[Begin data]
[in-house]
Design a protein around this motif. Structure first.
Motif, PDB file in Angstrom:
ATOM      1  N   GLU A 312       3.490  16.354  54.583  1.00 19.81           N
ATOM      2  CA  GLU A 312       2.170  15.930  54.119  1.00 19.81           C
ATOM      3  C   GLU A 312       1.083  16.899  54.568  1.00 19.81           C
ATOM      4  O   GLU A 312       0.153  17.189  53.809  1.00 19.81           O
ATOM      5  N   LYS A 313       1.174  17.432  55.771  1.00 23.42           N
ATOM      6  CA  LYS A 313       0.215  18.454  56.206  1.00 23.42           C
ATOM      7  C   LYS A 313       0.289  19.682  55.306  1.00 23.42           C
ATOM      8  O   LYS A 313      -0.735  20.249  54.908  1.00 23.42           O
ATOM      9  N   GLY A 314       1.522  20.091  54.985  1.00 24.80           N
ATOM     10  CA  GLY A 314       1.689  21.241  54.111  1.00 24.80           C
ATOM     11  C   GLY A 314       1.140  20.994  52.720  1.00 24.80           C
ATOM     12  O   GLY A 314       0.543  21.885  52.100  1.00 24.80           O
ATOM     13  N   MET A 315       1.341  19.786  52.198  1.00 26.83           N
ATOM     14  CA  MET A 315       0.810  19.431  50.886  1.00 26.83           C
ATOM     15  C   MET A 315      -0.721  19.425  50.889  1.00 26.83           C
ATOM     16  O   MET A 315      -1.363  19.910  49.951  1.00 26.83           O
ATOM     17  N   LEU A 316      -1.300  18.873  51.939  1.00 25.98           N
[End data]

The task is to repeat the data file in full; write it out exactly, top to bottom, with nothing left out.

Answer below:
[in-house]
Design a protein around this motif. Structure first.
Motif, PDB file in Angstrom:
ATOM      1  N   GLU A 312       3.490  16.354  54.583  1.00 19.81           N
ATOM      2  CA  GLU A 312       2.170  15.930  54.119  1.00 19.81           C
ATOM      3  C   GLU A 312       1.083  16.899  54.568  1.00 19.81           C
ATOM      4  O   GLU A 312       0.153  17.189  53.809  1.00 19.81           O
ATOM      5  N   LYS A 313       1.174  17.432  55.771  1.00 23.42           N
ATOM      6  CA  LYS A 313       0.215  18.454  56.206  1.00 23.42           C
ATOM      7  C   LYS A 313       0.289  19.682  55.306  1.00 23.42           C
ATOM      8  O   LYS A 313      -0.735  20.249  54.908  1.00 23.42           O
ATOM      9  N   GLY A 314       1.522  20.091  54.985  1.00 24.80           N
ATOM     10  CA  GLY A 314       1.689  21.241  54.111  1.00 24.80           C
ATOM     11  C   GLY A 314       1.140  20.994  52.720  1.00 24.80           C
ATOM     12  O   GLY A 314       0.543  21.885  52.100  1.00 24.80           O
ATOM     13  N   MET A 315       1.341  19.786  52.198  1.00 26.83           N
ATOM     14  CA  MET A 315       0.810  19.431  50.886  1.00 26.83           C
ATOM     15  C   MET A 315      -0.721  19.425  50.889  1.00 26.83           C
ATOM     16  O   MET A 315      -1.363  19.910  49.951  1.00 26.83           O
ATOM     17  N   LEU A 316      -1.300  18.873  51.939  1.00 25.98           N